Simple Android to Arduino Bluetooth Communication

The Plan

In my last post, I showed basic serial communication between an Arduino Uno and a HC-06 Bluetooth module (Arduino + Bluetooth Module Bringup).  I will now show how to use that to send characters back and forth between an Android phone/tablet and the Arduino over Bluetooth using the HC-06 module.

The Setup

Arduino Side:

I have the same Arduino Uno + HC-06 Bluetooth module setup from the above referenced post.  Here is the Fritzing diagram again…


I used the same serial passthrough Arduino sketch as I showed in the above referenced post.

DIAGRAM UPDATED: Someone noticed that I had the HV and LV supply reversed in my original diagram. I have corrected it.

Note: I used a HC-05 Fritzing symbol here (only one I could find). The State and Key pins are not there on my HC-06 module. Not sure what they should be connected to if it were a HC-05.

Andriod Phone/Table Side:

I used an Android tablet for my testing.  To prepare for the testing, I powered up the HC-06 module and Bluetooth paired my tablet with the HC-06 using the standard Android Bluetooth settings menu.  When I searched for devices in the Android Bluetooth menu, I saw a new device with name HC-06.  When I tried to pair with it, I was asked for a pin.  I found the default pin listed in the HC-06 datasheet ( as 1234.  I entered 1234 and successfully paired my Android tablet with the HC-06 module.  The HC-06 data sheet gives the command to change the pin if needed but I am just going to leave it as the 1234 default for now.

Next was to find an Android App that could send and receive Bluetooth characters/strings.  Since I have been playing with MIT’s AppInventor recently (see some of my previous posts with the AppInventor tag), I decided to just build my own.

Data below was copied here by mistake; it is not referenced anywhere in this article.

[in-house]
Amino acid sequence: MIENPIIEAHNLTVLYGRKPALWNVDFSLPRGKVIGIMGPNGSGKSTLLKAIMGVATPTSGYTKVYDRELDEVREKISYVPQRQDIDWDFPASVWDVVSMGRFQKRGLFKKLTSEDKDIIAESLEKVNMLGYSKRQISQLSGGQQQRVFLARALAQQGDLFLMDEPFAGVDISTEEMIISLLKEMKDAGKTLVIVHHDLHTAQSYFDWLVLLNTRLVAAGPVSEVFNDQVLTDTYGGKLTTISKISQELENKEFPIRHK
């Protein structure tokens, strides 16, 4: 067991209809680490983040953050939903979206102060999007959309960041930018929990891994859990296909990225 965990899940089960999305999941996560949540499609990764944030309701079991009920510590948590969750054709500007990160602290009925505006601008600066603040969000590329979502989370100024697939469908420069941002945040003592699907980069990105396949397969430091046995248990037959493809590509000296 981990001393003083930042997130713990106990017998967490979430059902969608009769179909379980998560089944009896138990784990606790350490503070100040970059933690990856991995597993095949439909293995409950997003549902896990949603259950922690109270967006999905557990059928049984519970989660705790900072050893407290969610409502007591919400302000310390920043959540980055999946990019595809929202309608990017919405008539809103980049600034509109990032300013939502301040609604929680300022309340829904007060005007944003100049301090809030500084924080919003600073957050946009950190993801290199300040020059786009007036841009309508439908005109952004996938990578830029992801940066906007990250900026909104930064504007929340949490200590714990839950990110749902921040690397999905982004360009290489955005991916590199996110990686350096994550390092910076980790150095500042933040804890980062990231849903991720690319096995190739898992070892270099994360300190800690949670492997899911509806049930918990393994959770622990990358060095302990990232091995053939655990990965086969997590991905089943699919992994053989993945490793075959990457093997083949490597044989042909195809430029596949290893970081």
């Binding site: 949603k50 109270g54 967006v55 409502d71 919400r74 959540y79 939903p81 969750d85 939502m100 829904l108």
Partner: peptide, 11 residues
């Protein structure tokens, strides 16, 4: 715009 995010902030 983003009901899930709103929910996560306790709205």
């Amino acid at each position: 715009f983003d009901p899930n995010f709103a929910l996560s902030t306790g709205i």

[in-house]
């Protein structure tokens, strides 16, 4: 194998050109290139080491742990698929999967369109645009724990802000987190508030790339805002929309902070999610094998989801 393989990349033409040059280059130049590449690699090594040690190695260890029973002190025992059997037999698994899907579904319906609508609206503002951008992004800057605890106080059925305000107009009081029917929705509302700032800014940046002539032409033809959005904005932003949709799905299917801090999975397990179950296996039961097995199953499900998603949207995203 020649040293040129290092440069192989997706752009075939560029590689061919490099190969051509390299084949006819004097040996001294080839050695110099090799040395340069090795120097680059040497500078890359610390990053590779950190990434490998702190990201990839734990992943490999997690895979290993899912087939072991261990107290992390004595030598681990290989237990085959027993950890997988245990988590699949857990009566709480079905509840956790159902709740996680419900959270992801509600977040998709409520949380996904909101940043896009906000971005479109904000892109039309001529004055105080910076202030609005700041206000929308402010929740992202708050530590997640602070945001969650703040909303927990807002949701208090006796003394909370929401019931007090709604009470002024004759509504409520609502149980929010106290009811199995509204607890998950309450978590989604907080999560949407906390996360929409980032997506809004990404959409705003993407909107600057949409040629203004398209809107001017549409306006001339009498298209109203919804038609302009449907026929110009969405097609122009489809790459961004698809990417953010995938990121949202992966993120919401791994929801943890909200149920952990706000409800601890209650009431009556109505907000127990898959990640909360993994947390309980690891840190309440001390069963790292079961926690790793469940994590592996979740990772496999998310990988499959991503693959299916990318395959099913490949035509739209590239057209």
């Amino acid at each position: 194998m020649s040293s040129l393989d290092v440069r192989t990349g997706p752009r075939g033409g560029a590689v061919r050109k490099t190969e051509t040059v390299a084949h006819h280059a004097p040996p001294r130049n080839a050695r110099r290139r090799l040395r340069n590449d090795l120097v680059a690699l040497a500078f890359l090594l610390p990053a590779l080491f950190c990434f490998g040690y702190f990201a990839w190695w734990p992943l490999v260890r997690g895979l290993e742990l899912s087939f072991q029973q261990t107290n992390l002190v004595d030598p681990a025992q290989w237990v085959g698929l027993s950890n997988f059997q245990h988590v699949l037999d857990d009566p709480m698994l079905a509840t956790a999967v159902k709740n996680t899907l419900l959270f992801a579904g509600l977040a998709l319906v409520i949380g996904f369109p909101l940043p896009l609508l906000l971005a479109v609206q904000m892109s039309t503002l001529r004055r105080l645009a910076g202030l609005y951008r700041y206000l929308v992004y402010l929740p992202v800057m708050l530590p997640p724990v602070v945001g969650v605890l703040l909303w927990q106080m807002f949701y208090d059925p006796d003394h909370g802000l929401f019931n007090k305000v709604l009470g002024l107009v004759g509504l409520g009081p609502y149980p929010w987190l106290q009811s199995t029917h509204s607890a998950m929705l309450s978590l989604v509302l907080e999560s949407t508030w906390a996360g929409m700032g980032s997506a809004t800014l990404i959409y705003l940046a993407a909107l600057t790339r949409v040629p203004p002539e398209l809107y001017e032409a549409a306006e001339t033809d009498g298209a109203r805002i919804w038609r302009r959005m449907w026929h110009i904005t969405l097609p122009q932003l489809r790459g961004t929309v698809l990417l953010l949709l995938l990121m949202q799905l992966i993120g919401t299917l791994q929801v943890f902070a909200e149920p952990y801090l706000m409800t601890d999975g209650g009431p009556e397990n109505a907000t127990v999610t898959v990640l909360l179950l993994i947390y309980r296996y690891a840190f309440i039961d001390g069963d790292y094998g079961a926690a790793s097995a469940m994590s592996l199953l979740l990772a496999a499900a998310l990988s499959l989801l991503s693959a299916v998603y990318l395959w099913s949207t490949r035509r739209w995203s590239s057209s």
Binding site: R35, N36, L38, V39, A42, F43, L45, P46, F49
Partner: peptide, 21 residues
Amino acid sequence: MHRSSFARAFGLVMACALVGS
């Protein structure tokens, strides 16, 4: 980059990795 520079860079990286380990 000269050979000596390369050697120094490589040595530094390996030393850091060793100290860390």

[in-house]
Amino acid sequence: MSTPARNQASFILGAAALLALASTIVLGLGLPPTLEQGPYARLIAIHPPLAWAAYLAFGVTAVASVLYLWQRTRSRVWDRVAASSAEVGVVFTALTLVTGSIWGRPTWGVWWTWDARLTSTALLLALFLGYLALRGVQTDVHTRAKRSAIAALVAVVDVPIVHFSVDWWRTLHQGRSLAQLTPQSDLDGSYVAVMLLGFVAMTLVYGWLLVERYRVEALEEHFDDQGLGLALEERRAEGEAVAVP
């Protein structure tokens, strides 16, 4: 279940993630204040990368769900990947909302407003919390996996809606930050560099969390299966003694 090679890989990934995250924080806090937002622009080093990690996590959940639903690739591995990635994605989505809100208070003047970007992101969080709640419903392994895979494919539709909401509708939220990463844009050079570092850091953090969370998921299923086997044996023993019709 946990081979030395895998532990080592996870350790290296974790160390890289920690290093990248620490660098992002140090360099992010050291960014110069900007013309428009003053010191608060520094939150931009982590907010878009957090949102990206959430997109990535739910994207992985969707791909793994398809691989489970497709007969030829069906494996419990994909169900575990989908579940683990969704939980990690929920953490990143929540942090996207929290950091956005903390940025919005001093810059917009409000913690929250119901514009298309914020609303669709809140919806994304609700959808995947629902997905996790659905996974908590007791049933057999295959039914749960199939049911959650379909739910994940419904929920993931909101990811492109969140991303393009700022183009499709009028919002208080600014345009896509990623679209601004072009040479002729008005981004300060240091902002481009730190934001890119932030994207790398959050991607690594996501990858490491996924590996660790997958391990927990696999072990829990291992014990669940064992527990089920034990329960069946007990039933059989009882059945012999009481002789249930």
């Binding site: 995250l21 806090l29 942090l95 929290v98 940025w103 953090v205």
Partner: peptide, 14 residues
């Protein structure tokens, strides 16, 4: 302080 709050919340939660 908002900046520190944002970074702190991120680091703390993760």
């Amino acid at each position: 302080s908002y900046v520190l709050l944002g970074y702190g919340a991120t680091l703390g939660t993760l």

The Bluetooth Android App

I have a feeling I will be working with Bluetooth often from now on so I decided to make a very generic Android App that can be set to run as BT server or BT client.  Once a BT connection is made in either mode, I want to be able to send and receive characters to the other side.

I created the app in MIT’s AppInventor environment but it would be a little too long to post a tutorial on all the steps.  If you are interested, here is my .aia file if you want to load it into your AppInventor environment and review it on your own….

If you just want to install and use it, here is the .apk file…

Here are a couple screen shots…


The App can actually be used without the Arduino + HC-06 setup.  It can even be installed on 2 Android devices then:

  1. Pair the 2 Android devices first
  2. Launched the app on both devices
  3. Click the “Start as Server” button on the 1st device
  4. Click the “Start as Client” button on the 2nd device
  5. If the Bluetooth link is established, the screen on both sides should change to have Send Text / Received Text boxes and Send button.
  6. Just type a string in the Send Text box and hit the Send button.  You should see the string show up in the Received Text box on the other device.

Here is a quick video demo…

The Android to Arduino Bluetooth Test